Arena battles, amputations, rock music, and leather basques. Go in with your eyes open and you’ll have a good time.
Spare Parts is about an all-female rock band who play fast and hard for a packed out biker bar, though their show turns into a brawl by the end. The next day, they find themselves in a bigger venue; not for music, but for fighting, having been captured and “customized” overnight.
That’s it in a nutshell. It’s shallow, filthy, violent, and shocking, with loads of blood but no nudity; i.e. perfect for teenage boys who find themselves in between video games. Spare Parts is basically a far-fetched fantasy about women given weapons in place of an arm each and being trained to fight in a junkyard… oh, and then being dressed in black leather outfits for the main event. Fun times, from director Andrew Thomas Hunt.
About the band: Emma (Emily Alatalo, The Scarehouse) is truly into the music, Amy (Michelle Argyris, The Devil in Me) is into the boys, and Cassy (Kiriana Stanton, Neverknock) and Jill (Chelsea Muirhead in her first film role) are into each other. They play great together, but struggle to get along off stage, so who knows what will happen when they’re given weapons instead of instruments?
The place they end up in is a bit of a mystery. It’s run by “The Emperor” (Julian Richings, Channel Zero, Creeped Out) who has a restless son and devout doctor working under him to maintain the games. There is ceremony and chanting to go with these games (also known as “battles”), which are presented as though any blood spilled is a tribute to “the gods”; but writers Svet Rouskov (The Colony) and David Murdoch leave this mythology unexplored. I wonder if a DVD release will come with a prequel, or a graphic novel expanding on the background?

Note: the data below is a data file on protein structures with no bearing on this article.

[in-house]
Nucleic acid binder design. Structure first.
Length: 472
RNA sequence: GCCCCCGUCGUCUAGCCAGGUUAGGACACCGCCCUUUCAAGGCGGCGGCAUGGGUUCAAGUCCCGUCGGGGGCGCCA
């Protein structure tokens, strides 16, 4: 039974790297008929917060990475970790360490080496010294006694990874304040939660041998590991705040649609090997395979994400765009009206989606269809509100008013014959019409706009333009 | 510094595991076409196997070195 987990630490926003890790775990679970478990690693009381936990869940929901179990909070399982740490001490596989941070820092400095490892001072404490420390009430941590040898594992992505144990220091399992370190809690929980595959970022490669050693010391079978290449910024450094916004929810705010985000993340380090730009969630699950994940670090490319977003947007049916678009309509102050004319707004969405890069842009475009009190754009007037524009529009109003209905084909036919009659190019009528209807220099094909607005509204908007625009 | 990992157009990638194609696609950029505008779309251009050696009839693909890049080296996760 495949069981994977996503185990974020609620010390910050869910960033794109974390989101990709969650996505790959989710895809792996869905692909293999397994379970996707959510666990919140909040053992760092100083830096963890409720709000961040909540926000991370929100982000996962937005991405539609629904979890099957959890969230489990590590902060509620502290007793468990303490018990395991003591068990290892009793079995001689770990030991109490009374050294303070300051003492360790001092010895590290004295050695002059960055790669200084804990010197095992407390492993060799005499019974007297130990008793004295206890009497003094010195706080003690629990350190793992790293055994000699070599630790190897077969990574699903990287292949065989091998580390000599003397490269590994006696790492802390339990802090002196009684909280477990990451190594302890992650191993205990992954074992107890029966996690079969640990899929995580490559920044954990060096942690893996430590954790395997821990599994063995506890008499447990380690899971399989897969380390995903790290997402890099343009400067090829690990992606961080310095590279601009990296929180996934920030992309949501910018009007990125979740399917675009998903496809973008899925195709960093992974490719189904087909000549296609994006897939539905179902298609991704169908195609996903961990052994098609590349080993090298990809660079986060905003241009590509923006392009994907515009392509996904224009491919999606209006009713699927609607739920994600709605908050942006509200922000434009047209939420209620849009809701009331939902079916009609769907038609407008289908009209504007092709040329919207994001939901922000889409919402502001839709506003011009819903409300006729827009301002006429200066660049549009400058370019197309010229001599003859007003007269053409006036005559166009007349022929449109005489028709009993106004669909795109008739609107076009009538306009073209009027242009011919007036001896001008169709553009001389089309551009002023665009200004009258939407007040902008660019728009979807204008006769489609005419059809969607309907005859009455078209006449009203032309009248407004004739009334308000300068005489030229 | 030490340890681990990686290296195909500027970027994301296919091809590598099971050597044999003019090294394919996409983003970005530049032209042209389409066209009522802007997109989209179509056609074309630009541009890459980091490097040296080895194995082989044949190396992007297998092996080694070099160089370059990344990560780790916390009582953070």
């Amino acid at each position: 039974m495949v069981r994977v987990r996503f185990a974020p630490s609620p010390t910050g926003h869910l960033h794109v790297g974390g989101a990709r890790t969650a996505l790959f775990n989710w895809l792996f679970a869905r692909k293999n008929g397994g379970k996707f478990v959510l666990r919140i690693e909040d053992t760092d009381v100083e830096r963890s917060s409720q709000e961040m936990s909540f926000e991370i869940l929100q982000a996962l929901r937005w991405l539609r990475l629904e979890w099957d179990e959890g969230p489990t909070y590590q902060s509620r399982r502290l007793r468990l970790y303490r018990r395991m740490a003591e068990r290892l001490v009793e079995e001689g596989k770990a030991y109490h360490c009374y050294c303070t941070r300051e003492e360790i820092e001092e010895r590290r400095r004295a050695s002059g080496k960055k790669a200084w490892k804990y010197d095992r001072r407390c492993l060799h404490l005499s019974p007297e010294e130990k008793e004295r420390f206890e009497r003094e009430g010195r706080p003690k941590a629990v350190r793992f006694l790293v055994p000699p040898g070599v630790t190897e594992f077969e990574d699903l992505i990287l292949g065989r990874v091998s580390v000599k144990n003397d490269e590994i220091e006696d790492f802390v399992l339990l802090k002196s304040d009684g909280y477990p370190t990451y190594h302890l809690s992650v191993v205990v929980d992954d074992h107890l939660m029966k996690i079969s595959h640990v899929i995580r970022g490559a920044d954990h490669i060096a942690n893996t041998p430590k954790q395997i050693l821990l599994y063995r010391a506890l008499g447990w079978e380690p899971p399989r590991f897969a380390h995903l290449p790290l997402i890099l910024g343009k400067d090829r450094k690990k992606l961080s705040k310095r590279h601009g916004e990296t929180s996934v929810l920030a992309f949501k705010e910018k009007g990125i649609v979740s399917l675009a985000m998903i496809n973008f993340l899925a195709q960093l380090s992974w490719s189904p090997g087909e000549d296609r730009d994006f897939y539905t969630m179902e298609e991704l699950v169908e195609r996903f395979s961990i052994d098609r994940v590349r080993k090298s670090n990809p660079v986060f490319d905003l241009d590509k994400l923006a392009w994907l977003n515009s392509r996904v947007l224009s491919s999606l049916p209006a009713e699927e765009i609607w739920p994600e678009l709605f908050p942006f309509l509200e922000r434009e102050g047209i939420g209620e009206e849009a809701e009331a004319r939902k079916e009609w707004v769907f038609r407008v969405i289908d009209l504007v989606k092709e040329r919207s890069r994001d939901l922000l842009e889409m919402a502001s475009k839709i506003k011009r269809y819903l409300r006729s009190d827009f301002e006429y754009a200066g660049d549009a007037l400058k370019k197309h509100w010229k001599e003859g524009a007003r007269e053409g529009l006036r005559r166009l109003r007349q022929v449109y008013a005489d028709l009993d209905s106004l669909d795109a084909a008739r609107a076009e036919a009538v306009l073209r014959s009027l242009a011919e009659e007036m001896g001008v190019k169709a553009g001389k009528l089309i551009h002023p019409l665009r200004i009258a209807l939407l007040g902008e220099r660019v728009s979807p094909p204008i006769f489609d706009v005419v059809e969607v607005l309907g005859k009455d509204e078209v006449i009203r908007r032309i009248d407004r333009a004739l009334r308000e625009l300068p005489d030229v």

So anyway, realism goes out the window for Spare Parts: it’s not that kind of film. Otherwise, fighting the very day after surgery would not be likely, let alone wearing make-up for battle, or getting turned on by chainsaw prosthetics. This is a film made by men, most likely for men… but it’s entertaining, fast-moving for the most part, and will give some attractive actors a step forward in their careers: that’s fine.
Spare Parts has its UK premiere at FrightFest, October 2020.
Alix has been writing for Ready Steady Cut since November 2017. They cover a wide variety, including genre festivals, and especially appreciates wit and representation on screen.